Lysophosphatidic Acid Receptor 6 (LPAR6) Expression and Prospective Signaling Pathway Analysis in Breast Cancer
Background and Objective
Lysophosphatidic acid (LPA) has widely been reported to participate in the numerous biological behaviors of tumors through its receptors. LPA receptor 6 (LPAR6) is a newly identified G protein-coupled receptor of LPA, and few studies have explored the role of LPAR6 in cancer. In breast cancer (BC), LPAR6 has not, as yet, been studied. This study aimed to evaluate LPAR6 expression in BC patients and to explore its possible role in BC.
A total of 98 pairs of clinical BC and para-cancer tissues were collected, and LPAR6 expression was evaluated by quantitative real-time polymerase chain reaction (qRT-PCR). Kaplan-Meier plots were employed for survival analysis. Human BC cell lines were cultured to study decitabine (5-aza-2ʹ-deoxycytidine [5-Aza]) intervention. Bioinformatic analyses were carried out to support the study conclusions and predictions.
LPAR6 expression was significantly reduced in BC tissues (p < 0.001). In the analysis of clinical parameters, LPAR6 expression was related to BC molecular classification (p < 0.05). Furthermore, patients with higher LPAR6 expression had better prognoses (p < 0.001). The CpG islands of LPAR6 were hypermethylated in BC tissues relative to those in para-cancer tissues (p < 0.01). 5-Aza significantly upregulated LPAR6 expression in BC cell lines. Additionally, LPAR6 knockdown significantly promoted cell migration and proliferation in the ZR-75-1 cell line (p < 0.001). Finally, through Gene Set Enrichment Analysis (GSEA), LPAR6 was found to be negatively correlated with cancer-promoting factors and positively correlated with tumor-suppressing factors.
LPAR6 was downregulated in BC, and low LPAR6 expression was related to poor prognosis. The anti-tumor drug 5-Aza significantly upregulated LPAR6 expression in vitro, and LPAR6 might act as a tumor suppressor in BC.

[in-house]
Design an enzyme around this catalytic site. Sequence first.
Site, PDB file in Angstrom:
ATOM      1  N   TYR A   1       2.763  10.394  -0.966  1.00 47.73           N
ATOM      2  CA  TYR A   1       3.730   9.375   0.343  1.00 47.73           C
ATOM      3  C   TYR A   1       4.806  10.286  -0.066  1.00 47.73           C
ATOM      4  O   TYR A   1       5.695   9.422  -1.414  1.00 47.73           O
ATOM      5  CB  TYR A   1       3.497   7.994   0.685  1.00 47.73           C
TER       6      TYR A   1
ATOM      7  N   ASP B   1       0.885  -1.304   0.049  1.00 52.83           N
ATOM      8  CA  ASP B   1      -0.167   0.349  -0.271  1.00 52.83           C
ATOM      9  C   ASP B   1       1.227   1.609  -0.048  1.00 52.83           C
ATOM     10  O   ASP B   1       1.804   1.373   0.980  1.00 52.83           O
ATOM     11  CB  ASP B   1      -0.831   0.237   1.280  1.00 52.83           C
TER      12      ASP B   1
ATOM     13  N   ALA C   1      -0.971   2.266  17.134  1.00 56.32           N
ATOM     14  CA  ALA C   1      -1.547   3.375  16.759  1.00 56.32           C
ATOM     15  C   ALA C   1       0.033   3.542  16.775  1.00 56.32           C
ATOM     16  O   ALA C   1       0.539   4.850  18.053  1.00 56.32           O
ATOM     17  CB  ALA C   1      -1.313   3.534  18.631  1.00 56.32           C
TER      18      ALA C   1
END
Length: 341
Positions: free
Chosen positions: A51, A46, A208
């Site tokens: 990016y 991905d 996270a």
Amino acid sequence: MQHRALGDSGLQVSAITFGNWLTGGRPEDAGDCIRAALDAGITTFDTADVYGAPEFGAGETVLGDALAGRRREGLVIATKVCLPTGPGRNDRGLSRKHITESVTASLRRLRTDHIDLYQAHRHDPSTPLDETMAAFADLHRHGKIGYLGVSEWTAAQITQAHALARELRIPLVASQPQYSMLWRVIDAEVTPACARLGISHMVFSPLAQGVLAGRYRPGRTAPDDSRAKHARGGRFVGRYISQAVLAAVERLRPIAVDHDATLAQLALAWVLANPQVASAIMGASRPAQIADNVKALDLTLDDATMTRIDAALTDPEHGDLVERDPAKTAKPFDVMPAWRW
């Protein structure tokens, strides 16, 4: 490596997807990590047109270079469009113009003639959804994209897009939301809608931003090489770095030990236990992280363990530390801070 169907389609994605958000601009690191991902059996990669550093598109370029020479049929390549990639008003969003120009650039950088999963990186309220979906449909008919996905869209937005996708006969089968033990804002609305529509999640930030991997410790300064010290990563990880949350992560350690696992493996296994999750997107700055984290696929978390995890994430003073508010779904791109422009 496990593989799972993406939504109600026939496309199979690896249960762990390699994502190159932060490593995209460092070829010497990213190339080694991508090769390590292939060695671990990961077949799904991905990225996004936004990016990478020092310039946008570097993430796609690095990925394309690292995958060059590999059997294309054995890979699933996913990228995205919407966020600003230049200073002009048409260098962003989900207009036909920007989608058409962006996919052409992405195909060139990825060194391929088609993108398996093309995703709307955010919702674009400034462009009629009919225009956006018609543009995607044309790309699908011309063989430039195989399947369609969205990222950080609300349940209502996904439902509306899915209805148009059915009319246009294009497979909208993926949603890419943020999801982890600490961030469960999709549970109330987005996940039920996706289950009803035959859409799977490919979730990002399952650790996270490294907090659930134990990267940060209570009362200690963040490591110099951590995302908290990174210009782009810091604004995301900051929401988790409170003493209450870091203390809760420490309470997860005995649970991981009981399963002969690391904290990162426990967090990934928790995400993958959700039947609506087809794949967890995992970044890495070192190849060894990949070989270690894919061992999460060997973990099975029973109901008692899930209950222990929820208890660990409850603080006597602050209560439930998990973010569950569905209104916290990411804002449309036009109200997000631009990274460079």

We are grateful to the Chongqing City Key Lab of Translational Medical Research in Cognitive Development and Disorders, Children’s Hospital of Chongqing Medical University, Chongqing, China. We also thank the Chongqing Key Laboratory of Molecular Oncology and Epigenetics, Chongqing Medical University First Affiliated Hospital, Chongqing, China. We express our gratitude to the members of the Department of Endocrine and Breast Surgery, Chongqing Medical University First Affiliated Hospital, Chongqing, China. We also thank all the patients for their consent to participate.
Compliance with Ethical Standards
Conflict of interest
Kai Tao, Shipeng Guo, Rui Chen, Chengcheng Yang, Lei Jian, Haochen Yu, and Shengchun Liu declare no conflicts of interest related to this work.
This work was supported by the National Natural Science Foundation of China (NSFC81472658, NSFC81772979 and cstc2015shmszx0269).
This study was conducted in accordance with the principles of the Declaration of Helsinki, and the protocols were approved by the Ethics Committee of the First Affiliated Hospital of Chongqing Medical University (no. 2017-16).
Informed consent was obtained from all participants included in the study.
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